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Thoughts On Realistic Secrets Of Proteus Roofing

This review of Eamon Grennan, Still Life with Falls (Gallery Books, 2001; Graywolf Press, 2002) first
appeared in The Irish Literary Supplement, Volume 22, Number 1 (Spring 2003), p. 14.
Paradoxically, provided the quality of its prose, the "Proteus" episode more details of Ulysses might
provide important backshadowing for the vision informing Eamon Grennan's genuinely luminous-- at
times even numinous-- book of rhymes Still Life with Waterfall. "Ineluctable technique of the
noticeable," Stephen Dedalus muses to himself: "Trademarks of all things I am below to read,
seaspawn as well as seawrack, the nearing trend, that rusty boot." In several aspects "Proteus"
checks out as James Joyce's own musing, using G. E. Lessing's Laocoon, on the connection between
the world apprehended Nebeneinander-- that is, spatially, items alongside-- and also the spoken
artist's essential expression of that world Nacheinander-- that is, temporally, via words offered one
after another: "the ineluctable technique of the audible." Naturally, Joyce himself competitions
Lessing's categorical distinctions in the ensuing episodes of Ulysses, frequently complicating the
viewers's assumption of the direct nature of story.

Much more broadly, nonetheless, "Proteus" includes just what might be the intrinsic venture of verse
poetry: the attempt to acknowledge-- through the attempt to capture in words-- the truly protean
character of human feeling, feeling, intellection. Robert Fitzgerald's making of Eidothea's advice
worrying the sea divine being Proteus that Menelaus shares with Telemachus in Publication IV of
The Odyssey explains this business: "If you might take him by surprise and also hold him,/ he 'd
provide you program as well as distance for your sailing/ homeward across the cold fish-breeding
sea." Tellingly, the opening poem of Still Life with Waterfall opens up with an effective picture from
nature that symbolizes symbolically the endeavor of the lyric writer: "On slow-moving wings the
marsh hawk is patrolling/ opportunity." Labelled "At Job," the poem reads conveniently not equally
as a graphic recording of ruthless beauty however additionally as a symbolic representation of
artistic quest as well as execution-- of a literary capturing as well as reconstituting of (basically)
"that scuttling minutiae of skin and also innards,/ its warm rhythm hammering/ that moved so quick
and silent/ and also sure of itself, just a min ago, in the safeguarding turf.".

Going after such "probability" in poem after rhyme, Grennan also stimulates at times a specifying
stylistic attribute of the "Proteus" episode. In "Grid," for instance, videotaping just how "A deer in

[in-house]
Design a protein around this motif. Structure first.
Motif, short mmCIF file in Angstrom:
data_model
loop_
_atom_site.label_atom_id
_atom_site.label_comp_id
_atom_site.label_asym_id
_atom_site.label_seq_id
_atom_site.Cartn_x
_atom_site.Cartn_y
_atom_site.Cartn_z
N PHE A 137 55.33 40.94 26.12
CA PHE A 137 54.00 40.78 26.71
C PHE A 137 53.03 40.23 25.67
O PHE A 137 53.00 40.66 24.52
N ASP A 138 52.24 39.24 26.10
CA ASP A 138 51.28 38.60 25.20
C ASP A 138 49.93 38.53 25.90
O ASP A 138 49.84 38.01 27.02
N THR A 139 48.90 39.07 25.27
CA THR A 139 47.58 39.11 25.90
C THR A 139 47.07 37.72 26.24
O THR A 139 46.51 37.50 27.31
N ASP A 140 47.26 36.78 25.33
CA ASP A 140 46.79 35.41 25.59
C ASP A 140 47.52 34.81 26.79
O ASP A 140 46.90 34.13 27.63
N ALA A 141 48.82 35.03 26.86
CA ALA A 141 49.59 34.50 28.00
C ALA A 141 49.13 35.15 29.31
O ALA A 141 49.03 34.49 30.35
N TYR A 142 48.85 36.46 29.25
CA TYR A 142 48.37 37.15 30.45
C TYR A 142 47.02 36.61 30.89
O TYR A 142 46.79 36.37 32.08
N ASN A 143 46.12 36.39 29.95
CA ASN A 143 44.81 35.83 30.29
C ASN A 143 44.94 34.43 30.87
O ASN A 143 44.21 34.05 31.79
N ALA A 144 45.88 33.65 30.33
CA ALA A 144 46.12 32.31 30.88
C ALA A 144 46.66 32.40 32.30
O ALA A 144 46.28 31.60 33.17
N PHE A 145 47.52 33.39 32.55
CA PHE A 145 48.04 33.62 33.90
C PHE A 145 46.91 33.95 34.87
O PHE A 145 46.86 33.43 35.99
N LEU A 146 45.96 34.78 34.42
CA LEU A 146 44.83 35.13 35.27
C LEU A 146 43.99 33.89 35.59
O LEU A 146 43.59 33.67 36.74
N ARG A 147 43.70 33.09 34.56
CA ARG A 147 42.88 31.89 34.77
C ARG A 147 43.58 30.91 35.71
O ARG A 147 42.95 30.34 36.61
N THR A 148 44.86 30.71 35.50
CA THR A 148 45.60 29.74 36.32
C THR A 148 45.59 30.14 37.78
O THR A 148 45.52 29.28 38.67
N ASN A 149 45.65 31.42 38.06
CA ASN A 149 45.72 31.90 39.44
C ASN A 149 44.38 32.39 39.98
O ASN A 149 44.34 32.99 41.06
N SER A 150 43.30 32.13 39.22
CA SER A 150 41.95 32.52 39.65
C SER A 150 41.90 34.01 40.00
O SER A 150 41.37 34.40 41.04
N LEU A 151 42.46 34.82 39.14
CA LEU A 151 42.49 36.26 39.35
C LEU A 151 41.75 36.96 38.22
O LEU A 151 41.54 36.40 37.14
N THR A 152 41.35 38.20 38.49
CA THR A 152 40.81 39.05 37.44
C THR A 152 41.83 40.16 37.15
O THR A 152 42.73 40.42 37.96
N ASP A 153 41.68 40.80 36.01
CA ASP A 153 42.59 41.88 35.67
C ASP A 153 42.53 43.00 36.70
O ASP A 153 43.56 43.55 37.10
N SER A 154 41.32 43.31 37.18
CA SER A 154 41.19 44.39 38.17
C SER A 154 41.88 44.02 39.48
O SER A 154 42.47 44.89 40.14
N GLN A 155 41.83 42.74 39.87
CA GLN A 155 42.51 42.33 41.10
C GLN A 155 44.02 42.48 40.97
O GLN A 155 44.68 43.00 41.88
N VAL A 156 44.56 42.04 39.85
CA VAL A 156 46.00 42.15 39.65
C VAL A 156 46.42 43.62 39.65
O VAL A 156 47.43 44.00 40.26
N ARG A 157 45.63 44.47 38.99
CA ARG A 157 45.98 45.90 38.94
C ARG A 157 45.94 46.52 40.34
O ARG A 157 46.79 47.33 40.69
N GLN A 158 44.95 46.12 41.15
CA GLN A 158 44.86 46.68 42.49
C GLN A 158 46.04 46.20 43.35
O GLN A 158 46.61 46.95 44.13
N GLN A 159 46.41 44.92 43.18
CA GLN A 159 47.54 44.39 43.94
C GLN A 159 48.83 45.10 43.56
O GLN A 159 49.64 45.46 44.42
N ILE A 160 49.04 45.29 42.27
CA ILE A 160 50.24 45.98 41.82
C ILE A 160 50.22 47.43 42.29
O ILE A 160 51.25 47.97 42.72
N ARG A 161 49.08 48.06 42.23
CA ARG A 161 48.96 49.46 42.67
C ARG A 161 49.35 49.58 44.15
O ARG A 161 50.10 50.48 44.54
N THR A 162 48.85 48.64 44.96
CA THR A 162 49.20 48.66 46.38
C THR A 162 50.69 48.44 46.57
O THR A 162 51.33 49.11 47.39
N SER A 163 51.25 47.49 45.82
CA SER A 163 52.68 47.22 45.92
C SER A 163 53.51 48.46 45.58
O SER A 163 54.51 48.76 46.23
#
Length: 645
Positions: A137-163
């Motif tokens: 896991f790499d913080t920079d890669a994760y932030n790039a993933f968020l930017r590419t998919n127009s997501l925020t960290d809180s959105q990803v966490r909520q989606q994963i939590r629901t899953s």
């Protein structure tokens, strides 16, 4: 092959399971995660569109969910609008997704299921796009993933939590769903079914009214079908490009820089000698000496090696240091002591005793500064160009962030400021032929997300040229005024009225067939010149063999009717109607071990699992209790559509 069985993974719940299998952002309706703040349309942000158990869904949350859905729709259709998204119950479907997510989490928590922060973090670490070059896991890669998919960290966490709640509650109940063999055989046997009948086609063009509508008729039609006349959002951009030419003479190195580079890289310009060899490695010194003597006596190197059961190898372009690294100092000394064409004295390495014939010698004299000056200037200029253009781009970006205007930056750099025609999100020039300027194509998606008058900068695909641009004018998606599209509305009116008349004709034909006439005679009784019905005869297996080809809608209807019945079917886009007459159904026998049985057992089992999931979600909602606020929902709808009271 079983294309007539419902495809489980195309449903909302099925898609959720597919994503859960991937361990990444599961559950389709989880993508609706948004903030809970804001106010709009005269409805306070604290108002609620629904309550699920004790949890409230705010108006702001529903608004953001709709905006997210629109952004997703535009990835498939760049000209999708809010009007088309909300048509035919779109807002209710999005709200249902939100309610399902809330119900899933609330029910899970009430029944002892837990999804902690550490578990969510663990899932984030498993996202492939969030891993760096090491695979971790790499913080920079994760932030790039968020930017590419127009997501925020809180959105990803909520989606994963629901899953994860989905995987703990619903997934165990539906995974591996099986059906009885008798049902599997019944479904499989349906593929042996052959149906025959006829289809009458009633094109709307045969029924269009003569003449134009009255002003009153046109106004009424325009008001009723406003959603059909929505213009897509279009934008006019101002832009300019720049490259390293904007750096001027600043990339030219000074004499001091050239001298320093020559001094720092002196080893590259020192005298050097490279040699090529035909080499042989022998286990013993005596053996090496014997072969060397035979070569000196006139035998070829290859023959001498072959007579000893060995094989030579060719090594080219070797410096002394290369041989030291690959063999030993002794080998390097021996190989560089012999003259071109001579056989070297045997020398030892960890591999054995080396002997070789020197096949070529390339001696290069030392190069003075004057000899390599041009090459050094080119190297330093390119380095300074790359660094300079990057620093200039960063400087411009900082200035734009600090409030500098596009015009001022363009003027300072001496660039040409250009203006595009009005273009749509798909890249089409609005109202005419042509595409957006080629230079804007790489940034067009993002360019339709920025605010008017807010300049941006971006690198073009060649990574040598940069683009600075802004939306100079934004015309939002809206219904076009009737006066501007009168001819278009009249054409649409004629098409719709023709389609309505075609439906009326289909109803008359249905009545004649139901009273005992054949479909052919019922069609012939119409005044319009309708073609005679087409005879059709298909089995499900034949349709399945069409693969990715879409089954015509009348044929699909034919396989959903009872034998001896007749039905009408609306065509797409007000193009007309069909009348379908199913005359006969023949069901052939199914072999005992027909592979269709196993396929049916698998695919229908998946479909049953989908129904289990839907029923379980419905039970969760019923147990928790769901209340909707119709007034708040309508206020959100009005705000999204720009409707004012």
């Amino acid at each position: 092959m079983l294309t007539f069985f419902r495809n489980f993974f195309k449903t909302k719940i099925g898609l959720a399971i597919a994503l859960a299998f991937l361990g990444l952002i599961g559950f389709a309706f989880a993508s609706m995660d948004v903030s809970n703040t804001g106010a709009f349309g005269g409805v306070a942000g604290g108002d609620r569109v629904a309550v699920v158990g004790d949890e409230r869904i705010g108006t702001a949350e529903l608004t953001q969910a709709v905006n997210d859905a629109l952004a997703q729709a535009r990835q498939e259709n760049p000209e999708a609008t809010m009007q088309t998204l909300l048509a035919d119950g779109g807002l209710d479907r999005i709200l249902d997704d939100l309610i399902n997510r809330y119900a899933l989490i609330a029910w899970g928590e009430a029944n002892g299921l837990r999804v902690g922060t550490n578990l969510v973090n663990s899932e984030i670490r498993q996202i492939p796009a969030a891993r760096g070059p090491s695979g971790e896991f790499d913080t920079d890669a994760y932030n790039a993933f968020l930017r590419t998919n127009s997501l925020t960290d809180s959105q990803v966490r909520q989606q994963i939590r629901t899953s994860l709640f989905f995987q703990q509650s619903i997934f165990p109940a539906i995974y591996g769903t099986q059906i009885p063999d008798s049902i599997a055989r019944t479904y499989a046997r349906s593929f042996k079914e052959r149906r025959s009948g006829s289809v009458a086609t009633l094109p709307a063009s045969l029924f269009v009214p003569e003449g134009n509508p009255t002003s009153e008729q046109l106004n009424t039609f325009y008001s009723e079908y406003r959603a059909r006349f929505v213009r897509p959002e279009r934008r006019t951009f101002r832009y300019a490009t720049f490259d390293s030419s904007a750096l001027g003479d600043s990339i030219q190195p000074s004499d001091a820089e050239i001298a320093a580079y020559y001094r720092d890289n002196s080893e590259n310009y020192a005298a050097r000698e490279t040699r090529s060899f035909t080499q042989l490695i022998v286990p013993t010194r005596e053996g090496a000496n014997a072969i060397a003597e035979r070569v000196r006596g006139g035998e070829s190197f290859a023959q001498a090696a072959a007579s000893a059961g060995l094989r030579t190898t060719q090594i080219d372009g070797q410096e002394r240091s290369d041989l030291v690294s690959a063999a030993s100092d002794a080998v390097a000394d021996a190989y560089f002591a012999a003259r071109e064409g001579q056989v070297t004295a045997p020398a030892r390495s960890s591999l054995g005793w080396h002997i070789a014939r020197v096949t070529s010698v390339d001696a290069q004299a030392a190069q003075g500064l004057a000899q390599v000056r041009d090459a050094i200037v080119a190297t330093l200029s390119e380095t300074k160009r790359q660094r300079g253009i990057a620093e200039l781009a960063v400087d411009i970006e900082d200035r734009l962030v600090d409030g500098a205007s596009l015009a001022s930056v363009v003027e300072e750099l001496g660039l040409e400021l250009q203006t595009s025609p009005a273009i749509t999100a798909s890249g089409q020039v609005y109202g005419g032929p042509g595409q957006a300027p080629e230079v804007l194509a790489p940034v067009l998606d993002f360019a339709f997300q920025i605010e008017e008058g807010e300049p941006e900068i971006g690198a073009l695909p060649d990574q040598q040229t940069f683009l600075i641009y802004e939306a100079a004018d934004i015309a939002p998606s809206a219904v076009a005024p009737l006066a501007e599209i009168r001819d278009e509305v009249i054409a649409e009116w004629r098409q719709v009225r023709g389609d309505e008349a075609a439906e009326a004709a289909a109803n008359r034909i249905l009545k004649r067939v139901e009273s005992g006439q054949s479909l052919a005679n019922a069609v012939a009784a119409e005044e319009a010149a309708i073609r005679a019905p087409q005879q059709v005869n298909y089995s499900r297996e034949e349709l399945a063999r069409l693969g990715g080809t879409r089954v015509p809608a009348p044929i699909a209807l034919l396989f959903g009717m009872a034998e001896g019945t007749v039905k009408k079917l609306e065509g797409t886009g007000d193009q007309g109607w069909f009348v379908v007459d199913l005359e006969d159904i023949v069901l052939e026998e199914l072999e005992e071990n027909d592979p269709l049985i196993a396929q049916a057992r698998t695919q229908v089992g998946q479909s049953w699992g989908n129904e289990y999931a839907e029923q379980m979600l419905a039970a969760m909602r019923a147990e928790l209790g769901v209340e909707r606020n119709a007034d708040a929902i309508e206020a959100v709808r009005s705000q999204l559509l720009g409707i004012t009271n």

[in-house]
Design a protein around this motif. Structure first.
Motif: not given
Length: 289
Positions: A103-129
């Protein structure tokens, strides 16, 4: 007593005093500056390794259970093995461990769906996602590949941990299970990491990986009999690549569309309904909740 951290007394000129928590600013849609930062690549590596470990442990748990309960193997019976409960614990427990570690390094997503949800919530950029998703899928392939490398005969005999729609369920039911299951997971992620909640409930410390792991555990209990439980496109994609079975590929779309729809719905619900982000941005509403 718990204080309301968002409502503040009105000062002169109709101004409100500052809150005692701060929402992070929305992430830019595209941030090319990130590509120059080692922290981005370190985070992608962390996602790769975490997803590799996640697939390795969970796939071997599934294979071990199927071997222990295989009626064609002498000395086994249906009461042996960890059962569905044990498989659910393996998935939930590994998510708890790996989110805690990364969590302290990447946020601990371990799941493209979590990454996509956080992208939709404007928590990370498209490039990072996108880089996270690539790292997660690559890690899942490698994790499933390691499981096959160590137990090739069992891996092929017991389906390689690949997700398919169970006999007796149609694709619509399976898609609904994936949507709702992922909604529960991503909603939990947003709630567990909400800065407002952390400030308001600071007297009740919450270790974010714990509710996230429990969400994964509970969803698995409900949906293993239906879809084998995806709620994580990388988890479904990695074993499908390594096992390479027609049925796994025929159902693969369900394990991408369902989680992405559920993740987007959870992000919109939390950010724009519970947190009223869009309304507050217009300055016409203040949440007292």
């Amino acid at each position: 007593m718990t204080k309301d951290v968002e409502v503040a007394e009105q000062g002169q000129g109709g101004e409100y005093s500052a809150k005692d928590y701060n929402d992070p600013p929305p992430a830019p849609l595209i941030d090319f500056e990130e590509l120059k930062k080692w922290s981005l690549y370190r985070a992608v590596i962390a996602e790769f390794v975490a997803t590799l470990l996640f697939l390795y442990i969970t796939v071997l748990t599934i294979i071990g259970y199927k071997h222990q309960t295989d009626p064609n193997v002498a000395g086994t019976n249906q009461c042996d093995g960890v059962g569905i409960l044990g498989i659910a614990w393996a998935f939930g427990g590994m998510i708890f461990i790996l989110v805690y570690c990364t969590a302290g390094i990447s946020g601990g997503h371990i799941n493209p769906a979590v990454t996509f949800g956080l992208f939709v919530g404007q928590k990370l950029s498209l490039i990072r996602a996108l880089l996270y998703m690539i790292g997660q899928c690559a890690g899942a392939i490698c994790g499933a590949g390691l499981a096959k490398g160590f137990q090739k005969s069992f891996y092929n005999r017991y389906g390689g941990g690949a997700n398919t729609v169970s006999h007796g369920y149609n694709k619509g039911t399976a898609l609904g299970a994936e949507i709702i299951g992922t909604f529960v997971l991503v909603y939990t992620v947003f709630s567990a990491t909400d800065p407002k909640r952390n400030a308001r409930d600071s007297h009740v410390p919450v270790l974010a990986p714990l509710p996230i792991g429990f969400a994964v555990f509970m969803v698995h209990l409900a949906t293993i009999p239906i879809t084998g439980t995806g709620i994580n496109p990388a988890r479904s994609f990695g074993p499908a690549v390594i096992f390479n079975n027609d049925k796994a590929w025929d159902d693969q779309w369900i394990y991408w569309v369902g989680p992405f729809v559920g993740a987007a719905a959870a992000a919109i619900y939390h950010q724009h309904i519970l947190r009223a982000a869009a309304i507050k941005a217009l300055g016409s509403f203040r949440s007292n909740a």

the field of morning, tan layer beaming--/ looks till he views exactly what you are, then a big/
expulsive whufff and he's dolphining environment-friendly waves/ to a more secure range," he could
virtually be invoking Joyce's glossing for his buddy Frank Budgen of his creating the word

"almosting": "That's done in the Protean personality of the important things. Everything alters: land,
water, pet dog, time of day. Parts of speech modification, as well. Adverb comes to be verb."
Observing in "Cold Early morning" exactly how "the eight o'clock light modification [s]/ from
charcoal to a pale gassy blue, developeding things," Grennan-- like Joyce just before him-- seeks both
the language as well as the complementary form whereby to sign up the endless changeability of
outer and internal globes: of sensational experience and of the individual's celebration as well as
handling of that experience.
Grennan discovers-- or invents-- the very kind for consisting of the ever-shifting potency of language:
an unrhymed and rhythmically flexible nonce stanza of thirteen lines that itself confirms "protean" in
his hands. Definitely, the effect of Grennan's twenty-two thirteen-liners (sprinkled among the fiftytwo rhymes in the quantity) stays quite literally between that developed by Paul Muldoon's many
deconstructive restorations of the traditional fourteen-line kind of the sonnet and Seamus Heaney's
forty-eight cutting-edge twelve-liners which constitute "Squarings" in Viewing Things. Sometimes
(like Muldoon) cracking down the official framework right into discrete strophes to strengthen the
ornate structure of the rhyme, Grennan yet regularly attains (like Heaney) that ideogrammatic
compression idealized by Ezra Pound: the discussion of "an intellectual and emotional complex in a
split second of time." A solitary sinuous sentence, the last rhyme of Still Life with Waterfall both
verbalizes and also illustrates the effectiveness of Grennan's newfound form; noting a robin's
bullying of a finch shorten by the deadly assault of a sparrowhawk, Grennan wraps up: "and also I
started to recognize/ how a poem can happen to you: you have your eye on a little/ elusive
information, pursuing its songs, when a dreadful truth/ strikes as well as your heart sobs out, being
lugged off.".

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